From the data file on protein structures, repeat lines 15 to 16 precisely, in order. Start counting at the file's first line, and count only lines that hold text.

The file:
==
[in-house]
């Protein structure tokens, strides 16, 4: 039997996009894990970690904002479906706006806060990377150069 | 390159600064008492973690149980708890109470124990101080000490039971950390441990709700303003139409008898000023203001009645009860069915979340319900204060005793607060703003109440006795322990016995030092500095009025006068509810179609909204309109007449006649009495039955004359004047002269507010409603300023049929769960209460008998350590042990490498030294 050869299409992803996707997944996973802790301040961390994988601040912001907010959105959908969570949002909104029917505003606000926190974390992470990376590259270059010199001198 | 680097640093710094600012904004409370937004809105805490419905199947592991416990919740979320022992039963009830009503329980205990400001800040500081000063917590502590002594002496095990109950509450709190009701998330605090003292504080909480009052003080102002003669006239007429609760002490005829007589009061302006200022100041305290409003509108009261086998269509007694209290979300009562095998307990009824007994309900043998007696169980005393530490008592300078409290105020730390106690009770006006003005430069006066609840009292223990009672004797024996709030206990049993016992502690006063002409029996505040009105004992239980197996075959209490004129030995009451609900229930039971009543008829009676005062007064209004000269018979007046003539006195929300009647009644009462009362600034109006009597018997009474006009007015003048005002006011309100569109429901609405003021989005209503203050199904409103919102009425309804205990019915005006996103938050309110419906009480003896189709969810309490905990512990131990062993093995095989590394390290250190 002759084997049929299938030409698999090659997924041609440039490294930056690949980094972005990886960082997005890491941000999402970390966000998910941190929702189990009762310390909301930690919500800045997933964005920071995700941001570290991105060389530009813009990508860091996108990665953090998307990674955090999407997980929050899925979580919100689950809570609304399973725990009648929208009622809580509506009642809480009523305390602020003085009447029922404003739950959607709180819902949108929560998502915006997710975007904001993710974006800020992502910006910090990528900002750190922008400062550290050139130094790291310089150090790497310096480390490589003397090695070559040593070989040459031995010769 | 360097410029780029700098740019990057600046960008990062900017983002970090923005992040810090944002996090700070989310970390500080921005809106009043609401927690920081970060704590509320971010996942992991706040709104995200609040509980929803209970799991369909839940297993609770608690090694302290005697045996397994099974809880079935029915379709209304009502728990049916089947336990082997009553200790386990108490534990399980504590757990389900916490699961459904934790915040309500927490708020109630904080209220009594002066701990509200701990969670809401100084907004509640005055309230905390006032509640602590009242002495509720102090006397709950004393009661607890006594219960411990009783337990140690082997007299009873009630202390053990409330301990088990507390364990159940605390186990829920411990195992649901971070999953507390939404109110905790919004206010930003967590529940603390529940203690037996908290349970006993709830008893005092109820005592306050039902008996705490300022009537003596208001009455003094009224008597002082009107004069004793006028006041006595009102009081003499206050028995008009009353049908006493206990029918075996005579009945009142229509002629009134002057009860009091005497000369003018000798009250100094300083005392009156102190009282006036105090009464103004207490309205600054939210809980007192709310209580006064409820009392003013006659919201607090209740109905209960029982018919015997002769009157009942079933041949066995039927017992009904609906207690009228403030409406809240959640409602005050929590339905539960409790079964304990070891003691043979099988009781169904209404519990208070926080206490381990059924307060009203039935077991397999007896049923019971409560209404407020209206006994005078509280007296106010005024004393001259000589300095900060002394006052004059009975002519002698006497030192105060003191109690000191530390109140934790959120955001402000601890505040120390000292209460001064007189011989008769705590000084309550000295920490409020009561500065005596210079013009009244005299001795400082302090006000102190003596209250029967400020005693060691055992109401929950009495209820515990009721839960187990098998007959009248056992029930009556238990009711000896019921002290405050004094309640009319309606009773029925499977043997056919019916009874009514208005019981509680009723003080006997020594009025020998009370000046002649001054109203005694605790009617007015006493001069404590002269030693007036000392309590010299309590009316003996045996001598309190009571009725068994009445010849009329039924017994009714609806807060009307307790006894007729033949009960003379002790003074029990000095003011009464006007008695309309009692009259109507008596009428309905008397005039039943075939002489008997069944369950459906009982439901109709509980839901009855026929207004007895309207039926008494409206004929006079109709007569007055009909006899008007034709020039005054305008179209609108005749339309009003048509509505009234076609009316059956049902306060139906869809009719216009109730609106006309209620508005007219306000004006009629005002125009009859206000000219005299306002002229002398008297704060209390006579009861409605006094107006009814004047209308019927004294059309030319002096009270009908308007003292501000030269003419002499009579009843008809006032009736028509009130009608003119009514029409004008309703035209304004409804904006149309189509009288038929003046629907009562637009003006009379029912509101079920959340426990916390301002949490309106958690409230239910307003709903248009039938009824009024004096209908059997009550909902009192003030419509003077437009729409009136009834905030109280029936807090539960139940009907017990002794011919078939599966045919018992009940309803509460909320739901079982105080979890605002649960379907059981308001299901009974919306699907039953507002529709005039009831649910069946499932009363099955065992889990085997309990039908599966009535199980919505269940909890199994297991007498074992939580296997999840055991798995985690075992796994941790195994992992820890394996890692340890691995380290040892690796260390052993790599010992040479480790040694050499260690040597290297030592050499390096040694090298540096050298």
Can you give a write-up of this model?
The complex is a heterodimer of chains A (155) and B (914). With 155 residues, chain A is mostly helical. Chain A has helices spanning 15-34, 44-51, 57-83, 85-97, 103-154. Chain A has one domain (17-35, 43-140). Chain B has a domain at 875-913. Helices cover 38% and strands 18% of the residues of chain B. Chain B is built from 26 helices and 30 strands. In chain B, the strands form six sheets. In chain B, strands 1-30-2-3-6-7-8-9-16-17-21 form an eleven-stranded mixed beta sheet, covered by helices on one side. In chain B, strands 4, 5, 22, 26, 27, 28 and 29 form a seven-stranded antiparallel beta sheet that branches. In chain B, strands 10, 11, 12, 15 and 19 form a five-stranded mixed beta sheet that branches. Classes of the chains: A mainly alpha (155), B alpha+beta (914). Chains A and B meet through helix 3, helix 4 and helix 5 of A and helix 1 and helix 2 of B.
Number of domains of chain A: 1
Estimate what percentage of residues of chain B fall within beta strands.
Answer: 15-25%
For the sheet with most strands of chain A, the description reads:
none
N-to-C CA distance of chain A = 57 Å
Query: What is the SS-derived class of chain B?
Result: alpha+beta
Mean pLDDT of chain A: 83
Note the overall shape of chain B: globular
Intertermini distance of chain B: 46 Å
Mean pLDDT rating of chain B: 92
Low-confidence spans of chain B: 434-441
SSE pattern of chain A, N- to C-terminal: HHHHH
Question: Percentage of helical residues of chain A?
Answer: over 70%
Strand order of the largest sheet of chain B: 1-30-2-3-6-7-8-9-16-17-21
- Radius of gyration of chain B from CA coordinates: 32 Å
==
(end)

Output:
Intertermini distance of chain B: 46 Å
Mean pLDDT rating of chain B: 92